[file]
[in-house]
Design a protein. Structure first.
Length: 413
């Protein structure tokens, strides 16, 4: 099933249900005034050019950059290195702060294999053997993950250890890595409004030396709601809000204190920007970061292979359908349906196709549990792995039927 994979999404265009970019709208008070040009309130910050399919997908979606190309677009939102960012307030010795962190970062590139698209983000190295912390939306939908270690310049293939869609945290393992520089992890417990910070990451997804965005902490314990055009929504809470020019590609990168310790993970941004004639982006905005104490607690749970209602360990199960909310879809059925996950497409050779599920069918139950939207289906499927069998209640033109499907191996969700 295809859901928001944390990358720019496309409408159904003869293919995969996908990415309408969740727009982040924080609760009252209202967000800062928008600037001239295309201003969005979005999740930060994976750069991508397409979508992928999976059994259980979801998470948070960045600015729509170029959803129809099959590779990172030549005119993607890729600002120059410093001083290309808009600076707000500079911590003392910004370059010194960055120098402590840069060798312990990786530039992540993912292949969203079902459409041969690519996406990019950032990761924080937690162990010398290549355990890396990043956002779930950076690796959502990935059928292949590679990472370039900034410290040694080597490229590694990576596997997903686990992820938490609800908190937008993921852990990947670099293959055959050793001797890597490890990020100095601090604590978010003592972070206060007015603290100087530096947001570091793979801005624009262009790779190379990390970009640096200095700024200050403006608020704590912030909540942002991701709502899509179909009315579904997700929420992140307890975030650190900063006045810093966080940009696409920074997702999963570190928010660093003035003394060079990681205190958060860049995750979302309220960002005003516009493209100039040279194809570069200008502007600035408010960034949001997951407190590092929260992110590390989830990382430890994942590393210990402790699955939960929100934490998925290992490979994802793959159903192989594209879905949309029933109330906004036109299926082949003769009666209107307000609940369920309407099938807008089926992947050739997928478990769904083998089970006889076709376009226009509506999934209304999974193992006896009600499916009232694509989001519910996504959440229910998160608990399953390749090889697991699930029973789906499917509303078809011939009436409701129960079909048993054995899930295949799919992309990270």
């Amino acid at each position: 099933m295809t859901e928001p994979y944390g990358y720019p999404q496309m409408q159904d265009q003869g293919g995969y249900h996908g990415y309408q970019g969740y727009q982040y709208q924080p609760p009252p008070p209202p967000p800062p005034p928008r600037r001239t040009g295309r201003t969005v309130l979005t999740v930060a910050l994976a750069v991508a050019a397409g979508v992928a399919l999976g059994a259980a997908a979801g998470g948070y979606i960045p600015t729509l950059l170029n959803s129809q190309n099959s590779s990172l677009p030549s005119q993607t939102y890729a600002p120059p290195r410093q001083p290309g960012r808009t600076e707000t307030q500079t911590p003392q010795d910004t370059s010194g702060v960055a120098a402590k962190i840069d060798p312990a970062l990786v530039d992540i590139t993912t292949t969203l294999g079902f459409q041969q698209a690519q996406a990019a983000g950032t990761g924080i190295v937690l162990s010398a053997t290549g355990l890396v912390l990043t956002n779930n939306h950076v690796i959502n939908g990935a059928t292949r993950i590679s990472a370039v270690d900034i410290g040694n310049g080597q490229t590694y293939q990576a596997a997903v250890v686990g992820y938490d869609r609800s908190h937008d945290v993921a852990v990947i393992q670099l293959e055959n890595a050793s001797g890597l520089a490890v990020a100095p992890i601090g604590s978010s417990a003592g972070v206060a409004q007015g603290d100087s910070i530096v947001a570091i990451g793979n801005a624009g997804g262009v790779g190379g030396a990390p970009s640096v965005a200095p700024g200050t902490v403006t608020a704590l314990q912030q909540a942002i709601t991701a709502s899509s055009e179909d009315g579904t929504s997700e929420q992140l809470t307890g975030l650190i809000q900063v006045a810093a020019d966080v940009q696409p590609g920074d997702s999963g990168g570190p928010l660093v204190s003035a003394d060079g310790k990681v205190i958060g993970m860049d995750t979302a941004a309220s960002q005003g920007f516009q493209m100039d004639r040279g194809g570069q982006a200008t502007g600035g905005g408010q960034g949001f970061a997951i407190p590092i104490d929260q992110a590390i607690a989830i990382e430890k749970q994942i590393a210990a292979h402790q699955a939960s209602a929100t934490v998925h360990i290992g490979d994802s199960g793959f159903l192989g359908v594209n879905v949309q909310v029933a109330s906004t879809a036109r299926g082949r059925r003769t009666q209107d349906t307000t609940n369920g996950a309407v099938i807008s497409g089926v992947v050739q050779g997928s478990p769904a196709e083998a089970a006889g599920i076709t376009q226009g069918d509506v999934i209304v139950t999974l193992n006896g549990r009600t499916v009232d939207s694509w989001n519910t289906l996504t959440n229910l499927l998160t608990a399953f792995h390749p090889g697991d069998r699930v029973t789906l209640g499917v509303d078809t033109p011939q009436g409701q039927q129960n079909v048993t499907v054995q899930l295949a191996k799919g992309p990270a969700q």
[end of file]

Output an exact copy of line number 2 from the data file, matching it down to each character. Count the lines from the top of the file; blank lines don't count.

Design a protein. Structure first.